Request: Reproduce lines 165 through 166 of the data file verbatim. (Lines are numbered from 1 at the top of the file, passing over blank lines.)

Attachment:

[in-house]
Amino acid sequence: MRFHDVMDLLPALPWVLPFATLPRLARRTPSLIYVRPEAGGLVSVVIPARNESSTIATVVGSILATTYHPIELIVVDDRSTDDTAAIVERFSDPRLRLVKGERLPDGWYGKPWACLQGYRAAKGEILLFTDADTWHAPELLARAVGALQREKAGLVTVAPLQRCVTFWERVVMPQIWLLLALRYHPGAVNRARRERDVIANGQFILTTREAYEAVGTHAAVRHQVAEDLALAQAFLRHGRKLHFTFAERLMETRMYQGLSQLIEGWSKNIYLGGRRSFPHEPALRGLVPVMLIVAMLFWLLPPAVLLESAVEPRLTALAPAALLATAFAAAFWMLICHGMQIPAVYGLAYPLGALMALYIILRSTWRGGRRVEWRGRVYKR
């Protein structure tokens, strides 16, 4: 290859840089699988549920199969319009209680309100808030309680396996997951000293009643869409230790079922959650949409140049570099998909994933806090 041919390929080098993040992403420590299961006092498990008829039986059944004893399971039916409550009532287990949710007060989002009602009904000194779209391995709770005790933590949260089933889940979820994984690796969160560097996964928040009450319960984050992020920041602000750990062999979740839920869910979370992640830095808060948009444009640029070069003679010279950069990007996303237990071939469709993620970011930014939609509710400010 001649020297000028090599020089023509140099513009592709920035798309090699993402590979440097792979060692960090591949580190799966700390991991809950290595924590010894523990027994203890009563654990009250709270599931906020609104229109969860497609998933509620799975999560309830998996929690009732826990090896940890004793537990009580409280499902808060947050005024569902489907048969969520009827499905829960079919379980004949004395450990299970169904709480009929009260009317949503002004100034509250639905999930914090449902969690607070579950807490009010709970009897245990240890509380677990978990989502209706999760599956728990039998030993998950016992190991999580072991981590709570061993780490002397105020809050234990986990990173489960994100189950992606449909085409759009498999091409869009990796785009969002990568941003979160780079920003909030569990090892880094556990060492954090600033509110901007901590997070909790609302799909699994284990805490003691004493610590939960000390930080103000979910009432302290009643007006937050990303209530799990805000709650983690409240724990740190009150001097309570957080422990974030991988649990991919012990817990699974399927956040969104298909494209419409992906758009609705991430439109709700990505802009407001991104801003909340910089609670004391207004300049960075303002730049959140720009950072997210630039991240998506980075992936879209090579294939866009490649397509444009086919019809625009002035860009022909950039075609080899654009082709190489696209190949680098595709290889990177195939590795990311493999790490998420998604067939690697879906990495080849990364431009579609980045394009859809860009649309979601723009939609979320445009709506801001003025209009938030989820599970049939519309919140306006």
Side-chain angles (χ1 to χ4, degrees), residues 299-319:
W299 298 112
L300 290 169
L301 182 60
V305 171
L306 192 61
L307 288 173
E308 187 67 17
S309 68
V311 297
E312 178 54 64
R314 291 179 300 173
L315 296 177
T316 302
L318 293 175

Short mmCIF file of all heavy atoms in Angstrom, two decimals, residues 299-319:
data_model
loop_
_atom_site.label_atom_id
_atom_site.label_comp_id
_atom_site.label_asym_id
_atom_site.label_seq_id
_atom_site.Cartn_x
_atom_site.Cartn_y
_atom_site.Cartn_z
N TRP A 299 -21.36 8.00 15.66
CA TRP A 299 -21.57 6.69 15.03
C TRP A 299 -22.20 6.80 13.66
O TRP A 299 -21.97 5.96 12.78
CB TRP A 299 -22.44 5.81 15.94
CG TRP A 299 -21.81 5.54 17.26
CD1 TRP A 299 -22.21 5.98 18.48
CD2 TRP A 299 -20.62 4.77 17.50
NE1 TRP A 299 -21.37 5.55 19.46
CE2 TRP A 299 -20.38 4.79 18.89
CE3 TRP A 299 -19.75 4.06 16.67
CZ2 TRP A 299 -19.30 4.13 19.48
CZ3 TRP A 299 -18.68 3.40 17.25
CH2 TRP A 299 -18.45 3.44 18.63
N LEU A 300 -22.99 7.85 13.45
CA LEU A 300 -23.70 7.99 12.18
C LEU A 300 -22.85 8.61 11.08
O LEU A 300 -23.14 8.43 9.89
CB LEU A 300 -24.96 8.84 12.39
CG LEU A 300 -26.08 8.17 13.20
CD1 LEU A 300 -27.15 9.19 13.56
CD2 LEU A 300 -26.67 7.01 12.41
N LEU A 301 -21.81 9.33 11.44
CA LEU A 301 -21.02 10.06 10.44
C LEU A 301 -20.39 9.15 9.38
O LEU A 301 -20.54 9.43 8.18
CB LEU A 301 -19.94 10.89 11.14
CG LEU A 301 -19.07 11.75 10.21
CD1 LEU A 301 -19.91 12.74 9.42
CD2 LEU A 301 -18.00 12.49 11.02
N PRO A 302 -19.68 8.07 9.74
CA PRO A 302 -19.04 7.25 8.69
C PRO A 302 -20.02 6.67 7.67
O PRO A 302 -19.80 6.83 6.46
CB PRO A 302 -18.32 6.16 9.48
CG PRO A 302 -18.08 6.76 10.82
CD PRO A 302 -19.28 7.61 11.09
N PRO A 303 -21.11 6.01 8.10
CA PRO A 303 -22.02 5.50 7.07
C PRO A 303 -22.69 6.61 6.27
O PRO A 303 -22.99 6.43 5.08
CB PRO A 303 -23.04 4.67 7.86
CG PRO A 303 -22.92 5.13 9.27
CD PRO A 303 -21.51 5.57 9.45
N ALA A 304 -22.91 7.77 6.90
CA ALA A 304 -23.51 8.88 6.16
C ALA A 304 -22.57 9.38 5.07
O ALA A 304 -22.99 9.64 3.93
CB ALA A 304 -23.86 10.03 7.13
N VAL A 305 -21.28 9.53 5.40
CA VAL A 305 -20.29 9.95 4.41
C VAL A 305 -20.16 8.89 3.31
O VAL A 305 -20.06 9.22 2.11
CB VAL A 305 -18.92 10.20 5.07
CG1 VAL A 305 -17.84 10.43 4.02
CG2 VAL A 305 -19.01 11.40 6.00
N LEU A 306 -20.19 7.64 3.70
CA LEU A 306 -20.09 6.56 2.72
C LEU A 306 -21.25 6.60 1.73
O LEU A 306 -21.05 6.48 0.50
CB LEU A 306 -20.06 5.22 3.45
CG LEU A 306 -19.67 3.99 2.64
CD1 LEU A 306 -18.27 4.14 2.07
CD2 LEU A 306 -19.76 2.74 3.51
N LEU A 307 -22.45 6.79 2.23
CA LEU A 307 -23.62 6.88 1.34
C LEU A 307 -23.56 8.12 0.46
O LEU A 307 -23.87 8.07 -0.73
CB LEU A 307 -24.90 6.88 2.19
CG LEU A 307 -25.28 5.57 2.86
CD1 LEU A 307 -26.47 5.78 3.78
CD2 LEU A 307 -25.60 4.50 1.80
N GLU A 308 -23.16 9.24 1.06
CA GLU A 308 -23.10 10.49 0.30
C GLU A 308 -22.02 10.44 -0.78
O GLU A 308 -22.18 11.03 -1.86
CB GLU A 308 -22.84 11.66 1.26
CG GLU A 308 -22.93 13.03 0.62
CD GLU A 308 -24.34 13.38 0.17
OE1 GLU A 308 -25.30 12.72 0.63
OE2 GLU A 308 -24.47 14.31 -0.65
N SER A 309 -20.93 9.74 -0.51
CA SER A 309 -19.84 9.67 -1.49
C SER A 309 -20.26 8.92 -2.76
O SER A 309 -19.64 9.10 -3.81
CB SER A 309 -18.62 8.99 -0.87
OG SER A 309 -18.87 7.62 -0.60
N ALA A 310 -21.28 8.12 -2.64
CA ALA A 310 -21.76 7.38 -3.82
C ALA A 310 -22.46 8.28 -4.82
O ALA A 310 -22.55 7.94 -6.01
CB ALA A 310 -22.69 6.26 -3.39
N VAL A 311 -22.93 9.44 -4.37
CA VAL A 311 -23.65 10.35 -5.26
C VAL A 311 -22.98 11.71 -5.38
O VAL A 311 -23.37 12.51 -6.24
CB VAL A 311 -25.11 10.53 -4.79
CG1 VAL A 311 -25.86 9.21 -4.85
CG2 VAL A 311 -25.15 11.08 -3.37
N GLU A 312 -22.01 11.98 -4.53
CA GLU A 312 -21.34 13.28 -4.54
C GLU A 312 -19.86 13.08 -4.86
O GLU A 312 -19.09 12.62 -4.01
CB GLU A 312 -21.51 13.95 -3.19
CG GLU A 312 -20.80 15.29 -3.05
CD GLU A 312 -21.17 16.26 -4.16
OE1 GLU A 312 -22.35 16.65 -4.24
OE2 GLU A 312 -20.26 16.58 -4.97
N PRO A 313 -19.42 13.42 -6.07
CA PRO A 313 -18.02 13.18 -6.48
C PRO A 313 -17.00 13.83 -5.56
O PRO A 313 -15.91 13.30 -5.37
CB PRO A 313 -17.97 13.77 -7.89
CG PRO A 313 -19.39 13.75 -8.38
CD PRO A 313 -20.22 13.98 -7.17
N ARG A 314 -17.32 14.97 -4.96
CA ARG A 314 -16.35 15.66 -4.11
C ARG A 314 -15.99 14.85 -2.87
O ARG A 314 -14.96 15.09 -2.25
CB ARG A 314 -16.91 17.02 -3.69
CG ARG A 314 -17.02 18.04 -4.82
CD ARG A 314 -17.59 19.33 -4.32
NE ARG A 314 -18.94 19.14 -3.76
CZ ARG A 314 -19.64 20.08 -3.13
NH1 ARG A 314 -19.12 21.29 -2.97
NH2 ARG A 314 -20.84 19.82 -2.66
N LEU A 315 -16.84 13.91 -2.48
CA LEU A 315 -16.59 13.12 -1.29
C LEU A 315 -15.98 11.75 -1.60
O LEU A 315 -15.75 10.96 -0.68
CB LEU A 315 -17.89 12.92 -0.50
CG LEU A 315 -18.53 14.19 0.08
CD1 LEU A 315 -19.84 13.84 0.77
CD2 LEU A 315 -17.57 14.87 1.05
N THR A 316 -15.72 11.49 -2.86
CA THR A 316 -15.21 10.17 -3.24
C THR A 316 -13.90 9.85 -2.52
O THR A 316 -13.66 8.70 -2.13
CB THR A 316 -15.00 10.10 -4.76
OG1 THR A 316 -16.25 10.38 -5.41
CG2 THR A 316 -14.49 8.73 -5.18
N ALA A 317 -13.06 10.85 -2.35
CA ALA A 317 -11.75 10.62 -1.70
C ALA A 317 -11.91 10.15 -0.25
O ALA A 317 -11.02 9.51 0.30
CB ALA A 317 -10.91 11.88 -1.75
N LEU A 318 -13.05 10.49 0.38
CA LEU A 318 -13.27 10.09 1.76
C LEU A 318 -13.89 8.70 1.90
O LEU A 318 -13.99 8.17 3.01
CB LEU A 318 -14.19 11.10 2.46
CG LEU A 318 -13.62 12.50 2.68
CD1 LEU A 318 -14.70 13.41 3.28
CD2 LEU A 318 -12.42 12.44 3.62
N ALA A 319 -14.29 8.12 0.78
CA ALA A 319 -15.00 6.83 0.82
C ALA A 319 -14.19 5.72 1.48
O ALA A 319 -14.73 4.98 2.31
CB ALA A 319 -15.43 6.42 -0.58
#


C THR A 316 -13.90 9.85 -2.52
O THR A 316 -13.66 8.70 -2.13